So Ford set out to build a village filled with buildings that once housed Americans who had contributed to the growth of America. He purchased a 240-acre plot of land and set to work clearing it. Then he started buying, moving and restoring the buildings. In 1928, Henry Ford brought the first of his buildings to Greenfield Village, the Watford, Michigan General Store.
The same year, the Clinton Inn, an old stage coach inn from 1831 situated on the Chicago Road, was purchased by Ford. His agents feared that the crumbling structure might collapse as they surveyed the building when purchasing it. Moved to Greenfield Village, the inn was the site of the lunch served the day that Thomas Edison visited to recreate his invention of incandescent light.
In 1929, Ford bought and restored the Scotch Settlement School, a solid brick building complete with a bell. Having attended the Dearborn school, Ford carved his initials in one the desks, just as he had done as a little boy.
Nineteen twenty nine saw the appearance of another building at Greenfield Village, the Smith's Creek Train Depot. Smith's Creek was a town situated north of Detroit. This was where Thomas Edison had been thrown off a Grand Trunk Western train for accidentally setting fire to the baggage compartment. Not surprisingly, he lost his job because of the incident.
Nineteen-twenty-nine also saw the completion of the re-building of Thomas Edison's laboratory from Menlo Park New Jersey. Long since reclaimed by nature, Ford arranged an archeological dig to find the foundation of the original building. He had seven train carloads of New Jersey clay shipped to Michigan to re-build the new lab on. Workers found original photos of the laboratory which was reconstructed and ready for Light's Golden Jubilee on October 21 of that year.
Henry Ford visited Postville (now Lincoln), Illinois to find a building related to the work of Abraham Lincoln. He decided to purchase the 1840 courthouse where Lincoln used to practise law. The sale raised a fervor in the community. Residents were about to lodge a protest in the courts, but Ford had already had the building dismantled before they could do so. A month later it sat on the village green at Greenfield Village.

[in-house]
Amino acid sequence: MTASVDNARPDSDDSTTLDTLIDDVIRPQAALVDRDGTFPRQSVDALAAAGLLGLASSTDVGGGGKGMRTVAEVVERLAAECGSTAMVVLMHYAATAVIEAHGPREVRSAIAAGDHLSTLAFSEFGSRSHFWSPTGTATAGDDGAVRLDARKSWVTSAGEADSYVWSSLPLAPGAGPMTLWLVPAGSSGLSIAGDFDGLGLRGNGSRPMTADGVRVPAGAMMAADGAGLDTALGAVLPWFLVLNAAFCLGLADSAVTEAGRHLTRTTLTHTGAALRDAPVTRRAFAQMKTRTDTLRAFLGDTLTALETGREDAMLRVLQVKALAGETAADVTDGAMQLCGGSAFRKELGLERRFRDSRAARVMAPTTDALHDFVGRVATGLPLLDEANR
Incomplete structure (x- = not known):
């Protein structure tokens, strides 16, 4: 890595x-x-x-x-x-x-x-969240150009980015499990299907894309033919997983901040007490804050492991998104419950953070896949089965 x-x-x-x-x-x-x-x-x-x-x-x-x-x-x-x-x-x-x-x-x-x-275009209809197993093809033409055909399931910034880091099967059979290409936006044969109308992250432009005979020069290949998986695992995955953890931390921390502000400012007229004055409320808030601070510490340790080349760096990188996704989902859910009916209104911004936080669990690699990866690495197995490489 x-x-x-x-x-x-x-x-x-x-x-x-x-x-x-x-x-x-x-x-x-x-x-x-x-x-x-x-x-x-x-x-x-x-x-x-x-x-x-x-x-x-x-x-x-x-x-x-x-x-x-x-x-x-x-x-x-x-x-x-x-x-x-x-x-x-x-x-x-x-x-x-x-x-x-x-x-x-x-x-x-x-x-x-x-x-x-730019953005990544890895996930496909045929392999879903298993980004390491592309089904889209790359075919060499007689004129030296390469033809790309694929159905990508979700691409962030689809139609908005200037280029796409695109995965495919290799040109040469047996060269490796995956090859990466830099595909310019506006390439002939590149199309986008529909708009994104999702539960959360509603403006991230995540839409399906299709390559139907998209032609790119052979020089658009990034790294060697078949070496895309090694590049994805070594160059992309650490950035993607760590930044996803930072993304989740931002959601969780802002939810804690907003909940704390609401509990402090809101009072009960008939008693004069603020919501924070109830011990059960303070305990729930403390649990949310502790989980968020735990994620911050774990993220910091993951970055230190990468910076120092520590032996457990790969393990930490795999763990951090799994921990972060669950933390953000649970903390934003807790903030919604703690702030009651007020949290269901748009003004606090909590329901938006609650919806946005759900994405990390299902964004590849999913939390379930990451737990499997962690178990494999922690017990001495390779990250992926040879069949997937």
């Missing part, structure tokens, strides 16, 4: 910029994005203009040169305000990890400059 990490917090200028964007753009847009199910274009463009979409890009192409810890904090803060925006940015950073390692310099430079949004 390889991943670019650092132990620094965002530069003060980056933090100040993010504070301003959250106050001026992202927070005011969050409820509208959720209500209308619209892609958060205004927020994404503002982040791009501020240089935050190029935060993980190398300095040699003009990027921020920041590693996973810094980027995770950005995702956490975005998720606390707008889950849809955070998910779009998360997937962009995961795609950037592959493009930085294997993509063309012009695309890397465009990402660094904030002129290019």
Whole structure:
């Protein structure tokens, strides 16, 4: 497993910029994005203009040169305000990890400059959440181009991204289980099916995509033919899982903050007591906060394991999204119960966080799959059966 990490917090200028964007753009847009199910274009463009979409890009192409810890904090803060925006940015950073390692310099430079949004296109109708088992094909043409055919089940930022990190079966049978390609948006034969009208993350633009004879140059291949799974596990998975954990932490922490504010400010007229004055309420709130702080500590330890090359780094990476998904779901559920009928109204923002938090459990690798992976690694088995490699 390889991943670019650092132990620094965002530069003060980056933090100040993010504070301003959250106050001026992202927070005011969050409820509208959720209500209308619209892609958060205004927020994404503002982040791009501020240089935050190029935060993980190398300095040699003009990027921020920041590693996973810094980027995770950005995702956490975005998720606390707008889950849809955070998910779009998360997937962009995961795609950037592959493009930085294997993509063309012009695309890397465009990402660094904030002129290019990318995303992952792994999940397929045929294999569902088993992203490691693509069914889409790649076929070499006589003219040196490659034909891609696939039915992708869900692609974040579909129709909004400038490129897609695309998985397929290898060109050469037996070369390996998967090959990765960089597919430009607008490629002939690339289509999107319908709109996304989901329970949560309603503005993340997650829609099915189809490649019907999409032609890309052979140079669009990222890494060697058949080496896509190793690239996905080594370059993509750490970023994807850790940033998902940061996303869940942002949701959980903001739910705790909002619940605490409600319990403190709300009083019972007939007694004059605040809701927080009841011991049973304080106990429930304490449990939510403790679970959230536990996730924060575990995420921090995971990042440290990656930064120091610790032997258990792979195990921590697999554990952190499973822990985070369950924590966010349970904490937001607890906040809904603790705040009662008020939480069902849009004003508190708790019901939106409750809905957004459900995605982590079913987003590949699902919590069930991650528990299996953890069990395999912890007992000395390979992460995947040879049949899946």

Ford admired aviation pioneers Orville and Wilbur Wright. He visited Dayton, Ohio and arranged to have their Cycle Shop and family home transported to the Village in 1938. Their historic heavier-than-air-powered flight had taken place in 1903. Since then, Wilbur had passed away. However, Orville, still living, was present at the dedication of the two buildings.
Wright Cycle Shop before its dismantling courtesy www.wright-brothers.org.
Noah Webster, the author of the famous dictionary which took 25 years to complete, had lived in New Haven, Connecticut. His 1823 home was slated for demolition in the 1930's. Ford learned of the plan and decided to purchase and restore the home. It came to Greenfield Village as well.
Henry Ford could not find a chapel suitable to his liking so he built one in Greenfield Village. It was named the Martha-Mary Chapel after his wife Clara's mother, Martha Bench Bryant, and his mother, Mary Litigot Ford. The bricks were reclaimed from Clara Bryant Ford's childhood home in Greenfield Township, where she and Henry had married in 1888. The beautiful chapel, with its magnificent spire, would sit on a slightly raised piece of land opposite the Postville Courthouse. In recent years, hundreds of weddings have taken place at the chapel.
And Greenfield Village would not be complete without his birthplace, which was scheduled for demolition back in 1919 due to the impending construction of a road.
With his buildings in place, now Ford's task was to fill them. A collector of everyday items like shoes since 1906, Ford was able to pull some of these items out of storage. However, he also started travelling the country to find artifacts suitable for his Village.
1940's postcard courtesy amazonaws.com.
By the 1940's, Greenfield Village boasted about 70 buildings. Today it includes almost 100 buildings which cover an area of 90 acres (150 acres are undevelopped). It is a great tribute to America, created by a man who helped build it.
Source: Telling America's Story: A History of The Henry Ford (Miller, Endelman, Braden & Bryk).